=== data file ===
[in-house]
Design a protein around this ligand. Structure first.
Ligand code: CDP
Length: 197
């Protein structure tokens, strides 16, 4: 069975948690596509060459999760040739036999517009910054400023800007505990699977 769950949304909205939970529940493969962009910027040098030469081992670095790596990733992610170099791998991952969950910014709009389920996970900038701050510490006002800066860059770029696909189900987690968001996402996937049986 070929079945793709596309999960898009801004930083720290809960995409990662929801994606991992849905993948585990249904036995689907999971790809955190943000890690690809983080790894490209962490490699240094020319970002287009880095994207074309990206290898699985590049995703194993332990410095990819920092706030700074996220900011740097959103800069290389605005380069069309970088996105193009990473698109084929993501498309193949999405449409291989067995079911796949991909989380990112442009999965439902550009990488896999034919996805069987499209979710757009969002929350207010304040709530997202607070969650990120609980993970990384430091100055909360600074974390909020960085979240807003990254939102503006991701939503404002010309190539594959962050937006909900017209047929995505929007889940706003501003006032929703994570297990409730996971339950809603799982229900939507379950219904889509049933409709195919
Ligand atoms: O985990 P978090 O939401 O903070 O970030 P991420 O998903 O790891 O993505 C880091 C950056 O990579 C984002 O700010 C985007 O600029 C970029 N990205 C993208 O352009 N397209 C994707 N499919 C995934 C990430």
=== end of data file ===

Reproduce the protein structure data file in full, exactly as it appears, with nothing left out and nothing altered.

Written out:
[in-house]
Design a protein around this ligand. Structure first.
Ligand code: CDP
Length: 197
């Protein structure tokens, strides 16, 4: 069975948690596509060459999760040739036999517009910054400023800007505990699977 769950949304909205939970529940493969962009910027040098030469081992670095790596990733992610170099791998991952969950910014709009389920996970900038701050510490006002800066860059770029696909189900987690968001996402996937049986 070929079945793709596309999960898009801004930083720290809960995409990662929801994606991992849905993948585990249904036995689907999971790809955190943000890690690809983080790894490209962490490699240094020319970002287009880095994207074309990206290898699985590049995703194993332990410095990819920092706030700074996220900011740097959103800069290389605005380069069309970088996105193009990473698109084929993501498309193949999405449409291989067995079911796949991909989380990112442009999965439902550009990488896999034919996805069987499209979710757009969002929350207010304040709530997202607070969650990120609980993970990384430091100055909360600074974390909020960085979240807003990254939102503006991701939503404002010309190539594959962050937006909900017209047929995505929007889940706003501003006032929703994570297990409730996971339950809603799982229900939507379950219904889509049933409709195919
Ligand atoms: O985990 P978090 O939401 O903070 O970030 P991420 O998903 O790891 O993505 C880091 C950056 O990579 C984002 O700010 C985007 O600029 C970029 N990205 C993208 O352009 N397209 C994707 N499919 C995934 C990430």